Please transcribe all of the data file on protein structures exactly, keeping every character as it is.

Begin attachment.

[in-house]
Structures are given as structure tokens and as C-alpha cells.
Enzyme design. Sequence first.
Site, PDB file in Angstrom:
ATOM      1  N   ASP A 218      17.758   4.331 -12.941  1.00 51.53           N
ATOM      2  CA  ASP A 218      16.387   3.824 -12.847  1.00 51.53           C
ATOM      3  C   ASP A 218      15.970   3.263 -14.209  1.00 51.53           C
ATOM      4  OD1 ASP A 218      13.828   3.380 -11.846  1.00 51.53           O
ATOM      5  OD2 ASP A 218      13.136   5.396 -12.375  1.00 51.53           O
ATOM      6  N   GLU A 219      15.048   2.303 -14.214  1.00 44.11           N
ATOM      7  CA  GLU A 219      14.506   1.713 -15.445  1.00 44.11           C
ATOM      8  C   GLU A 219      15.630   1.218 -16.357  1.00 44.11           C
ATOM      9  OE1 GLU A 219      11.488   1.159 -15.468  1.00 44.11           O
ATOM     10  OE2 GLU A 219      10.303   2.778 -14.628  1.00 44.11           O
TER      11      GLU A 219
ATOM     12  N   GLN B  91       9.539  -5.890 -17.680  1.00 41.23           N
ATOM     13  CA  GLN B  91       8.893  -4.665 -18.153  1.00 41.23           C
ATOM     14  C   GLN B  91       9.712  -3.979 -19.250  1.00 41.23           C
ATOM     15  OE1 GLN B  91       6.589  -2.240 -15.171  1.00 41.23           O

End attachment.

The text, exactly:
[in-house]
Structures are given as structure tokens and as C-alpha cells.
Enzyme design. Sequence first.
Site, PDB file in Angstrom:
ATOM      1  N   ASP A 218      17.758   4.331 -12.941  1.00 51.53           N
ATOM      2  CA  ASP A 218      16.387   3.824 -12.847  1.00 51.53           C
ATOM      3  C   ASP A 218      15.970   3.263 -14.209  1.00 51.53           C
ATOM      4  OD1 ASP A 218      13.828   3.380 -11.846  1.00 51.53           O
ATOM      5  OD2 ASP A 218      13.136   5.396 -12.375  1.00 51.53           O
ATOM      6  N   GLU A 219      15.048   2.303 -14.214  1.00 44.11           N
ATOM      7  CA  GLU A 219      14.506   1.713 -15.445  1.00 44.11           C
ATOM      8  C   GLU A 219      15.630   1.218 -16.357  1.00 44.11           C
ATOM      9  OE1 GLU A 219      11.488   1.159 -15.468  1.00 44.11           O
ATOM     10  OE2 GLU A 219      10.303   2.778 -14.628  1.00 44.11           O
TER      11      GLU A 219
ATOM     12  N   GLN B  91       9.539  -5.890 -17.680  1.00 41.23           N
ATOM     13  CA  GLN B  91       8.893  -4.665 -18.153  1.00 41.23           C
ATOM     14  C   GLN B  91       9.712  -3.979 -19.250  1.00 41.23           C
ATOM     15  OE1 GLN B  91       6.589  -2.240 -15.171  1.00 41.23           O